8. Learn what causes rejection
Casey Winters is the mastermind behind Pinterest and Grubhub’s growth. When it comes to retention, he believes everyone says they’re doing it but nobody is really doing it. Not well at least. Casey walked through eight ways to improve retention pulled from his own experience:
Product improvements, which are usually more about reducing friction than adding features.
Onboarding and education, especially contextual messages that get people to the core value of your product ASAP.
Emails, sent with a personal assistant mindset instead of a marketer’s mindset.
Notifications. Start with transactional, and take baby steps to test other messages.
Customer service**. **Go out of your way to make sure you repair any negative experiences.
New platforms, like adding a mobile app.
Promotions (but be careful!), you don’t want to train users to expect deals.
Loyalty/engagement programs to build a moat around your most frequent and loyal customers.
The goal of each to learn what causes rejection, process the feedback, then make adjustments to grow retention. Casey walks through previous experiments in his presentation.
9. Partner with complementary companies to grow faster
Michael Sharkey is the CEO of Autopilot. I think I’ve heard of that company before. Mike showed how to get bigger faster through strategic partnerships. With the rise of unbundled tech stacks, companies are focusing on doing one thing and doing it well. Case in point: Instapage for landing pages, Pipedrive for CRM, and Autopilot for customer journey marketing. The world is moving away from all-in-one monolithic platforms that promise to “do it all.” Companies adopting the do one thing well strategy have an opportunity to partner up with complementary companies. The end result is faster growth by getting your product in front of audiences similar to yet different than your own. A few partnership tips:
Start small by working your way up to a full-blown partnership. Begin with a blog post or a webinar before talking about an integration.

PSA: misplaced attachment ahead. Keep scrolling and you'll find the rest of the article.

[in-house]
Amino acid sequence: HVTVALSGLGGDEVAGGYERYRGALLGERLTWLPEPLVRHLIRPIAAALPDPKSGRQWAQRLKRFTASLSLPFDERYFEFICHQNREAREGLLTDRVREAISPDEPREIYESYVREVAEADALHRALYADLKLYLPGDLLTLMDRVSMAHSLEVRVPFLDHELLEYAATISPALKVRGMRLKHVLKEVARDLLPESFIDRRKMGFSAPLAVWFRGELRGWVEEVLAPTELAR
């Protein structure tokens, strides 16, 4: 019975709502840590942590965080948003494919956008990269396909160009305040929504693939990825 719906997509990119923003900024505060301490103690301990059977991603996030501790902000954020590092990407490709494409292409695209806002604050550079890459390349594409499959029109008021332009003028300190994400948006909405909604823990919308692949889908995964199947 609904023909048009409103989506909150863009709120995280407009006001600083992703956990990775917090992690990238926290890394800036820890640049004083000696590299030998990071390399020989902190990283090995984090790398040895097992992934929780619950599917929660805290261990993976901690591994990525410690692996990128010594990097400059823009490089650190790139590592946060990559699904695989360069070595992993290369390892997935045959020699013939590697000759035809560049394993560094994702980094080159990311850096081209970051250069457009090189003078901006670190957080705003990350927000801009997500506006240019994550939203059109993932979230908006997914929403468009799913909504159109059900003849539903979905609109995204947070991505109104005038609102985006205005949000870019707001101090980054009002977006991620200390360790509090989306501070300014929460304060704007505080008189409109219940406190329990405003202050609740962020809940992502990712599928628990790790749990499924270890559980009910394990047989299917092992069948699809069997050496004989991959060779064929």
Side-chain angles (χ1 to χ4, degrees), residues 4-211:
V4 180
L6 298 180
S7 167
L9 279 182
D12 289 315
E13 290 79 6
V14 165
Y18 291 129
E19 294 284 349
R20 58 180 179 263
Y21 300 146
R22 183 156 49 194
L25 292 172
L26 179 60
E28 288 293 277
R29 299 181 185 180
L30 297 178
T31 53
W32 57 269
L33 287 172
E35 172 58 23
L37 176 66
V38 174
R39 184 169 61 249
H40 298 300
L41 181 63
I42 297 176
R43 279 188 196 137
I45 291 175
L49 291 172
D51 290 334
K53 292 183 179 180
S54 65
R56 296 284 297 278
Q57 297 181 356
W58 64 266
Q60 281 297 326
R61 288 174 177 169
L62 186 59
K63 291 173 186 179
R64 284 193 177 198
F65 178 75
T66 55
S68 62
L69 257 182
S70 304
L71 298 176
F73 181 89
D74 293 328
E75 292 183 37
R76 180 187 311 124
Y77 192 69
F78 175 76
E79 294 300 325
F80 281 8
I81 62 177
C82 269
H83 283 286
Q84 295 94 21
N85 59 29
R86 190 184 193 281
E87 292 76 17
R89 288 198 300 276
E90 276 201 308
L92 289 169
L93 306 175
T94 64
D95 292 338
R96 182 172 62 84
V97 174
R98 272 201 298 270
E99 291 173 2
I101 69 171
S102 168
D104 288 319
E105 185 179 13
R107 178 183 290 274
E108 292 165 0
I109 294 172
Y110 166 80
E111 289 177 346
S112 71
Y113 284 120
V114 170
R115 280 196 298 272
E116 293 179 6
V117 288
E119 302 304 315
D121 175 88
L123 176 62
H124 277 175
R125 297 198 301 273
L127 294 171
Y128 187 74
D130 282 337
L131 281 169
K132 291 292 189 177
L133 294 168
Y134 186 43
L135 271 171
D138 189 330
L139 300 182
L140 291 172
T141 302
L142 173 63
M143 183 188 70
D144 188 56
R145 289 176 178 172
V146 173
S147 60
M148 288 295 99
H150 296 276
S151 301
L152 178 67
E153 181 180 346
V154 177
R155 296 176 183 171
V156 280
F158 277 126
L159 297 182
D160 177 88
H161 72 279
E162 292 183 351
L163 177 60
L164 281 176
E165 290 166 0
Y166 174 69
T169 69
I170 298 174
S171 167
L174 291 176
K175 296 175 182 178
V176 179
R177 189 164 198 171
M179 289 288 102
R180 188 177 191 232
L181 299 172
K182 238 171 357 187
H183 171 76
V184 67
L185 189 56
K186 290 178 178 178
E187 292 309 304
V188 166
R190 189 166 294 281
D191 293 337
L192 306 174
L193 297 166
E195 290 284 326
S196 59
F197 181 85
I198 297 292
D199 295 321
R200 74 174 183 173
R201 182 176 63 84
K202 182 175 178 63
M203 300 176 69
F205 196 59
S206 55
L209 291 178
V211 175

Say “no” to partnerships that don’t make sense for your user base. Even if it’s with a big company.
Solve a problem** that highlights the best of yours and your partner company’s products.**
Stick to your core with the do one thing well strategy, no matter what.
10. Learn everything you can from your first 100 customers
Steven Dupree is an entrepreneur-in-residence at Trinity Ventures, and former VP of Marketing at SoFi, where his team scaled the lending program to $8 billion in less than three years. His presentation focused on where to spend your first $10k in marketing budget. First, invest in $0 channels for long-term returns. Think SEO, content marketing, and social media. For a young startup with upside, “zero cost” channels can yield long-tail returns at $0 cost-per-acquisition (excluding the cost of your time). Not to mention a $0 CPA is music to investor ears. Second, focus on finding active seekers. These are people who have a need for and are actively seeking your product or service. They’re way easier to pull in than uninterested buyers. Third, copy your competitors to see why they do what they do. You’ll be able to identify ways to differentiate, and plus it’s better than starting from scratch. Fourth, harass your early adopters (my personal favorite). They’re your biggest source of feedback and are most willing to talk with you. In his experience, conversations with them lead to clarity on where to hone your messaging and and which marketing channels to double down on. Fifth, test on the cheap across various channels. Scale, tweak, or kill new channels based on ROI. Sixth, mitigate business hurdles that prospects must overcome to become customers. A SoFi example…prospects need to a) qualify b) get off their butt and c) trust the company enough to pay. Seventh, learn from failure. Tests with potential for greater upside have a higher probability of failure. But have no fear, failed tests yields knowledge which informs future tests and improves ROI. Did you get a chance to tune into the Weapons of Mass Distribution presentations? Any big takeaways from these influencers? Let us know in the comments.